The first reviews for Scorsese's gangster epic The Irishman are in and they're outstanding
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"Martin Scorsese's finest film for 30 years." The excitement builds for The Irishman.
He might not be the most popular person at Marvel Studios but for the last 52 years, Martin Scorsese has left a mark on cinema unlike very few other directors.
Simply put, he's a master of his craft and one of the very few filmmakers whose films are instantly given a 'must-see' status. However, given his quiet and unassuming nature, you'd never think that.
While there isn't a genre that Scorsese hasn't dabbled in - documentary (Shine A Light, Rolling Thunder Revue: A Bob Dylan Story), thriller (Shutter Island, Cape Fear), period drama (The Age of Innocence), comedy (The King of Comedy), biopic (Kundun, The Aviator) etc - it's arguable that no other filmmaker has done more for the gangster genre than the Oscar-winning director.
The Departed, Goodfellas, Mean Streets, Casino, The Wolf of Wall Street (Jordan Belfort is a crook); they're all outstanding films, which is why excitement levels are at fever pitch ahead of The Irishman being released on Netflix and in select cinemas.
Aside from Scorsese's immense talents behind the lens, the film also boasts an incredible cast, including the return of Joe Pesci to the big screen.
Truth be told, the presence of Robert De Niro, Al Pacino, Joe Pesci, Harvey Keitel, Jesse Plemons, Anna Paquin, Stephen Graham, Ray Romano and Bobby Cannavale is a dream lineup.
Scorsese's new epic saga depicts the life of organised crime in post-war America as told through the eyes of World War II veteran Frank Sheeran, a hustler and hitman who worked alongside some of the most notorious figures of the 20th century.
Spanning decades, the film chronicles one of the greatest unsolved mysteries in American history - the disappearance of legendary union boss Jimmy Hoffa - and offers a monumental journey through the hidden corridors of organised crime: its inner workings, rivalries and connections to mainstream politics.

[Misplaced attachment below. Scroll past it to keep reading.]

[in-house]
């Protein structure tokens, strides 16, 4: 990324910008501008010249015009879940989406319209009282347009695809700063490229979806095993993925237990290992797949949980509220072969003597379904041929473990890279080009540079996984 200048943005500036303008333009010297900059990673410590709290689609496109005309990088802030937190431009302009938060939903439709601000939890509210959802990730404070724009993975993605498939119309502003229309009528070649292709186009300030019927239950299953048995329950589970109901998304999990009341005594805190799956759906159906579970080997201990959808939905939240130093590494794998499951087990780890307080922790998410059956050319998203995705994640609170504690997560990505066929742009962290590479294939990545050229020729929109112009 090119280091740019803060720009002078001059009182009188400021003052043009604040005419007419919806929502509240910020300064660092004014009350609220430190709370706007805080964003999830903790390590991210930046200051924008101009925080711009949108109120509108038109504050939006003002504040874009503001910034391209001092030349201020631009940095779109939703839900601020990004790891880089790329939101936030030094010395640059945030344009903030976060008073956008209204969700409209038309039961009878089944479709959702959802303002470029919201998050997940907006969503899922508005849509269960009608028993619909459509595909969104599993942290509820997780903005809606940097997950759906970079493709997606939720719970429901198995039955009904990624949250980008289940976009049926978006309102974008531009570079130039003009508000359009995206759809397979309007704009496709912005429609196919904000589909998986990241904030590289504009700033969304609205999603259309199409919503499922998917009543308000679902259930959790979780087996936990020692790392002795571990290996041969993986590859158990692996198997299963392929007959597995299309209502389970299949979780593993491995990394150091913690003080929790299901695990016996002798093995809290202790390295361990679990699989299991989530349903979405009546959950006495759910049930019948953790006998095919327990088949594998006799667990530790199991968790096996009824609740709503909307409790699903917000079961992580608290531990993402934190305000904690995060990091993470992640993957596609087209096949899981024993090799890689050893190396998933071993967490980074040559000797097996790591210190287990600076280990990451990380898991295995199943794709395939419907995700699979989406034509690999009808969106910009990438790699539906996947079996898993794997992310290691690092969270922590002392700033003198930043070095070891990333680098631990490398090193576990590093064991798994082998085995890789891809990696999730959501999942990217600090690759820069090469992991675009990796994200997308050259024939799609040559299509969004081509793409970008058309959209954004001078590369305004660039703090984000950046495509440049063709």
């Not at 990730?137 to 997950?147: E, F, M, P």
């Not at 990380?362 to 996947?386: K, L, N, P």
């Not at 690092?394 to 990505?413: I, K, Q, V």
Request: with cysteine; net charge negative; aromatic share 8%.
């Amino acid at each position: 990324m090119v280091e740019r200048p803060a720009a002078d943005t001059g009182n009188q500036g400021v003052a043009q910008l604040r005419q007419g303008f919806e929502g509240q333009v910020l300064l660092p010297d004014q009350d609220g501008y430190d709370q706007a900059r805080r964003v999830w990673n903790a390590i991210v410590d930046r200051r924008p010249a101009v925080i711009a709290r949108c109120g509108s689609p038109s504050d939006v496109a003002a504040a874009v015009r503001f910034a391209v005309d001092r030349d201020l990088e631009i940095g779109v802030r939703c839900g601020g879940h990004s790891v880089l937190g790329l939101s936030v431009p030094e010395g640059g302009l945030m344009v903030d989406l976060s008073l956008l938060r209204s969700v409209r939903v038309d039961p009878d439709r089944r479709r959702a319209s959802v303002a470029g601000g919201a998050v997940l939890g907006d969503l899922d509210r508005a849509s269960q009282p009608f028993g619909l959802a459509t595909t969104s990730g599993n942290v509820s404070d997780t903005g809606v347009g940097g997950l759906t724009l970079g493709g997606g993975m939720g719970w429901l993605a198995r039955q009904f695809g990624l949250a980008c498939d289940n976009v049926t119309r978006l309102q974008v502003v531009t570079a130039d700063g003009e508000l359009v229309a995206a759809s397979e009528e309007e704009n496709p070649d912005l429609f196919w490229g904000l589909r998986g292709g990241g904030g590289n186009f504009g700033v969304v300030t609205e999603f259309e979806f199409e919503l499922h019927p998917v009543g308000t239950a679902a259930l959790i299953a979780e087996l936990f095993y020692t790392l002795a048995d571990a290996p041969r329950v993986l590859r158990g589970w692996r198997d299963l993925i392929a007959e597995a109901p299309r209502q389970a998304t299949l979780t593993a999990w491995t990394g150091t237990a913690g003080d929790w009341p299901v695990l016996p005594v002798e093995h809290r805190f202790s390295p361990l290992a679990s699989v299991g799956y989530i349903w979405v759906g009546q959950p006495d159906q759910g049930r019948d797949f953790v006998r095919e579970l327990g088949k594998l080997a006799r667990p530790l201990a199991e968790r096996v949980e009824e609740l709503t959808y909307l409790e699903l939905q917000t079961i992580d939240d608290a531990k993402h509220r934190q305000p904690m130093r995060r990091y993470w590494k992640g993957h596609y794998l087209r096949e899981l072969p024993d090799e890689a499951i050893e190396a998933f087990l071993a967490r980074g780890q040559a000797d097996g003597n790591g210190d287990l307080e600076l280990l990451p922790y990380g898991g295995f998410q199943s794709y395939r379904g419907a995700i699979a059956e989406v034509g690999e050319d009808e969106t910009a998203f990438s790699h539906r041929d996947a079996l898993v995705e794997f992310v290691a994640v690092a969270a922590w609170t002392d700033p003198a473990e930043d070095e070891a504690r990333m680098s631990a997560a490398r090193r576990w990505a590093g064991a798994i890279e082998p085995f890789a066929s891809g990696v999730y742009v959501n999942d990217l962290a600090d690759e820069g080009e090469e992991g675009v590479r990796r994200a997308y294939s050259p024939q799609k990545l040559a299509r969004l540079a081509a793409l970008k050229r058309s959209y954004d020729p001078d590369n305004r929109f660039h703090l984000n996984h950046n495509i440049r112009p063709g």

For those interested in a more in-depth look at the real life story that inspired the film, JOE has previously talked at length about the life of Frank Sheeran and interviewed the author of I Heard You Paint Houses, Charles Brandt.
JOE'S Rory Cashin was at the London Film Festival to chat with the stars of The Irishman - we'll have more on site very soon - but the first reviews are in and they're extremely positive.
At present, the film holds an 100% rating on Rotten Tomatoes and 94% on the more reliable Metacritic.
Here's what the critics have said.
Empire - "Scorsese delivers a stunning, gangster flick but The Irishman is so much more, a melancholy eulogy for growing old and losing your humanity. Savour every one of its 209 minutes, you won’t regret it."
The Guardian - "Martin Scorsese's finest film for 30 years."
Variety - "Martin Scorsese's The Irishman is a coldly enthralling, long-form knockout - a majestic Mob epic with ice in its veins."
BBC - "Scorsese knows his audience and reputation so well that the film constantly plays with, and defies, expectations."
Salon - The Irishman isn't the last word on gangsters, but this long, involving, and extremely well-made epic seems to be an appropriate capstone for Scorsese - as well as De Niro, Pesci and Pacino - at this late stage in their careers."
Slate - "I'd be hard-pressed to say that the three-plus hours of The Irishman fly by, but it's also tough to think of a single individual scene I'd want to lose."
New Yorker - "It runs a minute shy of three and a half hours, and I wouldn't wish it any shorter."
The Wrap - "Scorsese's return to the gangster milieu is anything but a greatest-hits compilation from a filmmaker in his autumn years; as a storyteller and a crafter of images, he remains as bold and as provocative as ever."
The Irishman is released in Irish cinemas from 8 November and it's available to watch on Netflix from 27 November.
Clip via Netflix
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